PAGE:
That dream contained scenes of birth, which I had never seen before and must’ve pulled from somewhere deep within my subconscious. And once I woke up, I had to know what I saw. I drove immediately to the closest public library to my house, which was super fucking tiny. I mean like gas station tiny. I marched right over to the women’s health section, which was a 12 inch by 12 inch square shelf of maybe a dozen books. And there it was. A book cover. The creamy white skin of the most perfect Gerber baby face took up the entire cover, and that baby was staring directly at me. I swear the book fell off the shelf and landed at my feet, but I could be making that up.
That book was called Hypnobirthing and the title intrigued the shit out of me. What was hypnosis? What did that have to do with birth? What the fuck are these people on about? I was your average American gal eating Lucky Charms for breakfast, taking a microwave dinner to work for lunch, and coming home with my only concern being comfortably parked in front of the T.V. by the time NBC’s Thursday night sitcom lineup started. I didn’t give a fuck about hypnosis or metaphysics or spirituality. That was all woo woo shit to me – it was filed under, “Things I make fun of because I don’t understand them and rather than take time to learn about them I’ll just mock them as I bask in my superiority”.
You know what I mean. We all have that stuff.
I checked the book out anyway. I just had to have my hands all over it. I ran right home and ripped into it, metaphorically speaking. I was like a drug addict. I couldn’t put it down. I was crazed. I was stunned by the stuff I was learning in this book. “Wait a minute. You’re telling me that my uterus is a muscle? And as a muscle, it’s contracting in an effort to squeeze my baby out of my vagina? You mean contractions aren’t just mysterious death pains that laboring women are cursed with? WHAT THE FUCKING FUCK? MY UTERUS IS AMAZING.”
Children I did not want, but regardless – I never knew my own body was capable of such a thing. I never understood menstruation or the power of our reproductive systems or just how fucking powerful women’s bodies were in general. I parked a low-slung chair on my back patio, sat naked in it and poured hose water all over myself in a primal moment of realization of everything I had been missing. It was literally the first day of the rest of my life.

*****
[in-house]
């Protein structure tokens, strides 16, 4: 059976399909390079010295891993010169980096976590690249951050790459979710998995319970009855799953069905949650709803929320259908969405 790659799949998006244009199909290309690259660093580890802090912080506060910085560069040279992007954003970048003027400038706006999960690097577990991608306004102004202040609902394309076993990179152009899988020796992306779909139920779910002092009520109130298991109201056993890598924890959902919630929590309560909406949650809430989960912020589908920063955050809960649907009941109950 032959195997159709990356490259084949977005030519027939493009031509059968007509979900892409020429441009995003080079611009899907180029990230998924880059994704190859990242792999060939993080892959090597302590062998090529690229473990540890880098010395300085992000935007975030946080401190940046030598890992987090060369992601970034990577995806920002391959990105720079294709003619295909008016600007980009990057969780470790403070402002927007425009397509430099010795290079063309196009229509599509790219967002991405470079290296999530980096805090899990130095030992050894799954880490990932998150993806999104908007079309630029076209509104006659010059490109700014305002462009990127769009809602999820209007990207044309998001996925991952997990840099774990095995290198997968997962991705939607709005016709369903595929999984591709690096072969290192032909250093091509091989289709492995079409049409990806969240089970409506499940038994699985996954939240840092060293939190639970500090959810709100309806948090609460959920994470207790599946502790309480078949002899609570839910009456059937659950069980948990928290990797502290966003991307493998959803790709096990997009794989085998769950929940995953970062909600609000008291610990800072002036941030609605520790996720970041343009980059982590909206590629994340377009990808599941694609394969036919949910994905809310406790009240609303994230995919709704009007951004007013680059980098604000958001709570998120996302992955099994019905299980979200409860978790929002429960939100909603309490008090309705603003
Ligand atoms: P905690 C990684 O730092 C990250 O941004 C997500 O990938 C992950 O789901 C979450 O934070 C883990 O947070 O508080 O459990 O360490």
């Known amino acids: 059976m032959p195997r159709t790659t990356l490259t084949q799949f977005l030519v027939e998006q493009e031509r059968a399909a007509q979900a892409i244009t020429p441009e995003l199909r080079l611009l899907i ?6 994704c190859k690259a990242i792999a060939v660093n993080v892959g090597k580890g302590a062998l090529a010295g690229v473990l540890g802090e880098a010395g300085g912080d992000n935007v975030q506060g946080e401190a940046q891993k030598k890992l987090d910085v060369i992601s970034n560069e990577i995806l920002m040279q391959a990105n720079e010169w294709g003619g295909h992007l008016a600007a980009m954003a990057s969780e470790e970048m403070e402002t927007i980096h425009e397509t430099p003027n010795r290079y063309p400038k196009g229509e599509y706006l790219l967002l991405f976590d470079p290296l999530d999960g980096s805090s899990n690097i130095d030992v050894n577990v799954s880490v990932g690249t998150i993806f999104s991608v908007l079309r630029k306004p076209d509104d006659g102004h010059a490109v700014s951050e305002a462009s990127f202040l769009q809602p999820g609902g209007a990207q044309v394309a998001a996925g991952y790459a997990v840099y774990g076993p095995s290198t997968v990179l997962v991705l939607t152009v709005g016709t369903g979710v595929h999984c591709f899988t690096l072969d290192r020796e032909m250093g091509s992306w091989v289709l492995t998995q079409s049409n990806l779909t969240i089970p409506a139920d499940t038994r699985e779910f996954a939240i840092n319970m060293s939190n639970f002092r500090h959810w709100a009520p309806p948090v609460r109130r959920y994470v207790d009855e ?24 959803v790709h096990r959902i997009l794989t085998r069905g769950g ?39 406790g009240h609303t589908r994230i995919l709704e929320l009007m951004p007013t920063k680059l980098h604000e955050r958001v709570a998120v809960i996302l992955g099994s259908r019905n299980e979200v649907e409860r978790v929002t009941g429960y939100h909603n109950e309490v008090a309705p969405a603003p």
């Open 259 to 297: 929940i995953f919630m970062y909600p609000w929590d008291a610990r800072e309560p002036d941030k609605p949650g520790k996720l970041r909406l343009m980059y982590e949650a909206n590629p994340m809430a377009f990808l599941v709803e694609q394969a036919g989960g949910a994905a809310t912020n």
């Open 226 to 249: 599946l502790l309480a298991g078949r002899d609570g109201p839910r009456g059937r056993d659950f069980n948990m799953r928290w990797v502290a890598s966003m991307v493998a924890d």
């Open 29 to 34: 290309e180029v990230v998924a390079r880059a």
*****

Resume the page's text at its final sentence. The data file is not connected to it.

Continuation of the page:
Shortly after, I read the description of a birth doula – something I had never heard of in my life, and just knew that was what I needed to be doing. I quit my you-should-be-grateful-for-it desk job and dove head first into the birth world with no plan B. And it worked.
Some months later I found myself attending monthly doula meetings for birth doulas working in Phoenix. It was usually a mix of the same 15-20 people, so when I saw a new girl walk in – I noticed her. When I realized that she also didn’t have children – I extra noticed her because that was unheard of for a doula. Another single gal into birth work out of sheer curiosity and a deep desire to support other women? Most doulas seem to have gotten in to the profession to heal their own birth trauma, so that story line was a little bit old. To meet someone else who was “like me” was really exciting. And I had almost not gone to the meeting that night. This girl also was handing out cards for a free session with her – she practice a modality called BodyTalk.
I had never heard of it, but figured what did I have to lose since it was free? That first BodyTalk session was another “first day of the rest of my life” moments. I ended up getting quite a few sessions over the coming months and found myself balls-y enough to buy a ticket to Europe for the entire summer in the name of to shaking off my divorce and “finding myself”.